One hundred years ago, a group of musical luminaries who were members of The Bohemians — a club that included Arturo Toscanini, Sergei Rachmaninoff, Pablo Casals and Jascha Heifetz — recognized the critical need to provide emergency financial relief to musicians in distress. In doing so, these socially engaged artists helped pioneer the course of charitable giving in this country.
Encouraged by the ratification of the 16th Amendment and the Revenue Act of 1913 establishing tax exemption for certain organizations, The Bohemians immediately set about creating the Musicians Foundation. In creating the country’s first nonprofit in support of musicians, these celebrated artists not only made an indelible mark on American culture with their own music, but were prescient enough to protect the future of music created by professional musicians of any genre. Founded on May 8, 1914, the Musicians Foundation has since proven tireless in providing both short- and long-term support to legions of musicians. The organization’s beneficiaries include the legendary late singer Jimmy Scott, jazz pianist Brooks Kerr and Bruce Langhorne — the real-life inspiration for Bob Dylan’s iconic song, “Mr. Tambourine Man.” By ensuring that these artists were able to endure hardships, the Musicians Foundation has enriched all our lives exponentially.
In commemoration of this prestigious centennial milestone, the Musicians Foundation has just announced that Wynton Marsalis, Kristen Anderson-Lopez and Bobby Lopez will join the organization’s Advisory Council.
Among his numerous achievements, Mr. Marsalis is the recipient of nine Grammy Awards, (he is the first artist to win for both jazz and classical recordings,) and a Pulitzer Prize for Music. He is the first jazz artist ever to have achieved this. Honored throughout the world with many more coveted distinctions, Marsalis currently serves as the Artistic Director for Jazz at Lincoln Center in NYC.
Kristen Anderson-Lopez and Bobby Lopez are the celebrated team who wrote the music for Disney’s Frozen, including “Let It Go,” for which they won an Oscar. Additionally, Mr. Lopez co-wrote the music for The Book of Mormon and Avenue Q. He is one of only twelve people who have won an Emmy, Grammy, Oscar and Tony Award, and the only person to win all four within a decade.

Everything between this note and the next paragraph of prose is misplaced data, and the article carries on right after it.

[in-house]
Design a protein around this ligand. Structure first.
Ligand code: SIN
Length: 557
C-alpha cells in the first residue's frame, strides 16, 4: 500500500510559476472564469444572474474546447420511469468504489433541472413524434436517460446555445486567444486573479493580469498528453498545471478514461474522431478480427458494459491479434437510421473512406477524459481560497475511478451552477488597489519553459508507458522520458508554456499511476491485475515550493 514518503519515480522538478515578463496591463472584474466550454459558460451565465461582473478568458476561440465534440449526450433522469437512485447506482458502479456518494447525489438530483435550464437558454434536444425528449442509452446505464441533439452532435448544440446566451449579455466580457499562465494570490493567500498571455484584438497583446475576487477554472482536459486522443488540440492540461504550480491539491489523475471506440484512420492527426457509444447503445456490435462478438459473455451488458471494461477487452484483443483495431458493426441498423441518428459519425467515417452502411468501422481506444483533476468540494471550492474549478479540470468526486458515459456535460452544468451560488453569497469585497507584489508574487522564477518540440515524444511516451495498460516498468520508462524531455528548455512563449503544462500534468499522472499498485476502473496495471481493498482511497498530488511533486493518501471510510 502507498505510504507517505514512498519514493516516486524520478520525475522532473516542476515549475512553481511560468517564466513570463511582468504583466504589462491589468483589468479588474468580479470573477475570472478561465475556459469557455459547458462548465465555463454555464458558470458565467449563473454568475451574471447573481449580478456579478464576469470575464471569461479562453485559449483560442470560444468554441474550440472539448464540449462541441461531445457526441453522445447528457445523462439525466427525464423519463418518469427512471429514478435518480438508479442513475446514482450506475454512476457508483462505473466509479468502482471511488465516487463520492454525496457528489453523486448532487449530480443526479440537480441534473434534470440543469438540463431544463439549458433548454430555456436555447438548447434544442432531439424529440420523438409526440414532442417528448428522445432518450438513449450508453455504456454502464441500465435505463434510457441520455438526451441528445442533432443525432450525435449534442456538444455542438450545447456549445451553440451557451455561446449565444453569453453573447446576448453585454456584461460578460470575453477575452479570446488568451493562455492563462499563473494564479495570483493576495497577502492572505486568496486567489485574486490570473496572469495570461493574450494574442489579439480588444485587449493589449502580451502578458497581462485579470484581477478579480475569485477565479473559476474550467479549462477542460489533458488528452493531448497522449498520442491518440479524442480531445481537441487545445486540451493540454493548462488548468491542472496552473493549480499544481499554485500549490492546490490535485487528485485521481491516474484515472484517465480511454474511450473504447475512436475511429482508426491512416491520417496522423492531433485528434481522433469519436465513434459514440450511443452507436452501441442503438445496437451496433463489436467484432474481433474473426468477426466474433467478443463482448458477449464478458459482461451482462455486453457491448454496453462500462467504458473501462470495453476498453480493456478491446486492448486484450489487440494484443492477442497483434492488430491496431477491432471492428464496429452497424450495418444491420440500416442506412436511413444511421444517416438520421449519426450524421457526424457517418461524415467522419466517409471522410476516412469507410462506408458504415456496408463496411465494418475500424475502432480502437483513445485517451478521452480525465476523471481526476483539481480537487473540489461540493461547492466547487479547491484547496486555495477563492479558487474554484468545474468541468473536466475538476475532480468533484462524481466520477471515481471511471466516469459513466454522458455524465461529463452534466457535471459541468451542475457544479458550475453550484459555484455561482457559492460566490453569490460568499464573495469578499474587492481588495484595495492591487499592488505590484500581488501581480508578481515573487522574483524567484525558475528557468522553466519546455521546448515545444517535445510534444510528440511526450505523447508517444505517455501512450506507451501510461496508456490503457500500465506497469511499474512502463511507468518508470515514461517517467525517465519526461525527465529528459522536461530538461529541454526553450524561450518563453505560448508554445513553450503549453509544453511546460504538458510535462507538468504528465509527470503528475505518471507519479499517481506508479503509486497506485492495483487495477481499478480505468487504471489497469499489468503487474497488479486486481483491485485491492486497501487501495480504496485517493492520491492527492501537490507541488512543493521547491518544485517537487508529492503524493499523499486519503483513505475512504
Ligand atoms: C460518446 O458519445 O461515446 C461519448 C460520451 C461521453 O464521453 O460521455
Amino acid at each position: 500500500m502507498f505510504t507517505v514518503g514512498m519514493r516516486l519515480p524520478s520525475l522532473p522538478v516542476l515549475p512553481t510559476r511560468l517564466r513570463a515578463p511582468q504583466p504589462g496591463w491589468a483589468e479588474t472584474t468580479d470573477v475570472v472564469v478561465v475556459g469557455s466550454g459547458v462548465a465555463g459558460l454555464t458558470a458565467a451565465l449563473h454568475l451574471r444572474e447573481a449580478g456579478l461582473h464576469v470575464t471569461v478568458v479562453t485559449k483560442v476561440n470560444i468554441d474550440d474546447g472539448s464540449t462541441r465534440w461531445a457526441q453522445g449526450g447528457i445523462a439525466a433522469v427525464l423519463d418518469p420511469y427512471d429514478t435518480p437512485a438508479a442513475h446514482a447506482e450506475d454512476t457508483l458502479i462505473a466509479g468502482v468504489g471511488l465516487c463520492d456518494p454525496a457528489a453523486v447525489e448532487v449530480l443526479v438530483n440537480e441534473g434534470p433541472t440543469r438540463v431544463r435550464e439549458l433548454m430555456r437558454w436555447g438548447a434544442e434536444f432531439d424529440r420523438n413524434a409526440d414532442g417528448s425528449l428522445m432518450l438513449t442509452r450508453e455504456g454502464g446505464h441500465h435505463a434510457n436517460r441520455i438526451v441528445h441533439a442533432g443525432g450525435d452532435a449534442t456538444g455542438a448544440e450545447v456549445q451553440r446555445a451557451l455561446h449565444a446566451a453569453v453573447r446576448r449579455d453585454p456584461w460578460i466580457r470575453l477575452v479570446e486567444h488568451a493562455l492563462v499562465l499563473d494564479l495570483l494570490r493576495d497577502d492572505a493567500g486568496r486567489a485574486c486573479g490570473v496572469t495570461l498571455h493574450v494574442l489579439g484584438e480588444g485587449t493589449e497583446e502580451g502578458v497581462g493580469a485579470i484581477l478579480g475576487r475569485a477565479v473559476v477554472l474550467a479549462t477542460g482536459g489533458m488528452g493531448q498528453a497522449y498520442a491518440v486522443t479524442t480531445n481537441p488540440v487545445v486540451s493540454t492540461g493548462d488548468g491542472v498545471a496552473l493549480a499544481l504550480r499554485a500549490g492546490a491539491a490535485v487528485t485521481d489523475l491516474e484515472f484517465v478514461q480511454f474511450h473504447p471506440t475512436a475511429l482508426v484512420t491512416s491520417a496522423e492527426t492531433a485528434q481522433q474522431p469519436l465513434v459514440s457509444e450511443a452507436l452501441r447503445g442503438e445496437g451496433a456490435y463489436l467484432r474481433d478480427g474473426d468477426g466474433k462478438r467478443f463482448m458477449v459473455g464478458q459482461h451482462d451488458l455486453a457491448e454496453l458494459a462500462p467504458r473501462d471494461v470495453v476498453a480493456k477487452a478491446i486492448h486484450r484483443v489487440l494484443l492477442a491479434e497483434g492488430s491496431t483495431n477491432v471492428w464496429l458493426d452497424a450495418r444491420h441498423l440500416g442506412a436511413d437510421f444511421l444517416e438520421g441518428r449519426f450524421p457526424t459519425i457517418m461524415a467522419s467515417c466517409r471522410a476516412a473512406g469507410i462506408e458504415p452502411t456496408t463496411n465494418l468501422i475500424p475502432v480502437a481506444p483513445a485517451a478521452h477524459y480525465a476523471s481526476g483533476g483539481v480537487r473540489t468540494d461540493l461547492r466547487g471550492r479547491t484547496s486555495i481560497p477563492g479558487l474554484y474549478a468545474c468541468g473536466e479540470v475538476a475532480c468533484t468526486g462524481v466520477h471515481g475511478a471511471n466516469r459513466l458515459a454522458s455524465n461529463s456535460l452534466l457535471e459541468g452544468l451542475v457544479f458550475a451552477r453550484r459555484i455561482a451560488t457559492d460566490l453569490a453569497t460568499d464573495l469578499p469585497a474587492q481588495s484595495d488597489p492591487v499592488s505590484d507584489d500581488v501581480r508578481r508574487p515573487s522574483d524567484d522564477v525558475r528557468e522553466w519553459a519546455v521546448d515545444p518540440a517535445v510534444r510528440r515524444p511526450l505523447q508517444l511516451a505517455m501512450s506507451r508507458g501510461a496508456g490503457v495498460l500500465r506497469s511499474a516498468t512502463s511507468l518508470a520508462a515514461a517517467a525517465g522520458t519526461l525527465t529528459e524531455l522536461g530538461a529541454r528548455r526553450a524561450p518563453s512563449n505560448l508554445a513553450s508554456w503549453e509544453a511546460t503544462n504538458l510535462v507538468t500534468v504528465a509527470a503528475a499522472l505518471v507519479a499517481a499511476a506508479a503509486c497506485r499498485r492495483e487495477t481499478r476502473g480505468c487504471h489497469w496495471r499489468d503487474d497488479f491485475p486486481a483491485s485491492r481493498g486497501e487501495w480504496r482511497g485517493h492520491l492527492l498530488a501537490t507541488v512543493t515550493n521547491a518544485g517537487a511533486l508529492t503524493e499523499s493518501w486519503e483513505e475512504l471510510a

Says Musicians Foundation President, Hans Tausig:
We are immensely honored to have the invaluable advice and support of such renowned artists who have all made groundbreaking contributions to music. Their extraordinary creative abilities will undoubtedly add new depth to our work. And their commitment to helping fellow artists will provide a game-changing boost to the ways in which the Musicians Foundation impacts the lives of musicians in crisis.
On joining the Musicians Foundation Advisory Council, Kristen and Bobby Lopez have expressed the following:
We are so pleased to be joining the Musicians Foundation family. For 100 years they have been helping musicians in times of tragedy, crisis and severe adversity. This mission is dear to our hearts. There can be no music without musicians, and we recognize that any one of us could need help at some time. We feel honored to lend support to other artists through this compassionate and honorable organization.
Adds B.C. Vermeersch, Executive Director of the Musicians Foundation:
In anticipation of the holiday season, when charitable giving is more top-of-mind, it is worth remembering how little support is offered to musicians and music teachers in general, let alone in times of crisis. Lack of viable employment, illness, natural disasters, crime victimization… these can happen to anyone at any time. But there is no such thing as automatic workman’s comp, sick leave or pension plans for most musicians and music teachers. We’re there to help them and their families in emergencies, so they can maintain a sense of dignity and get back to the important work of making music.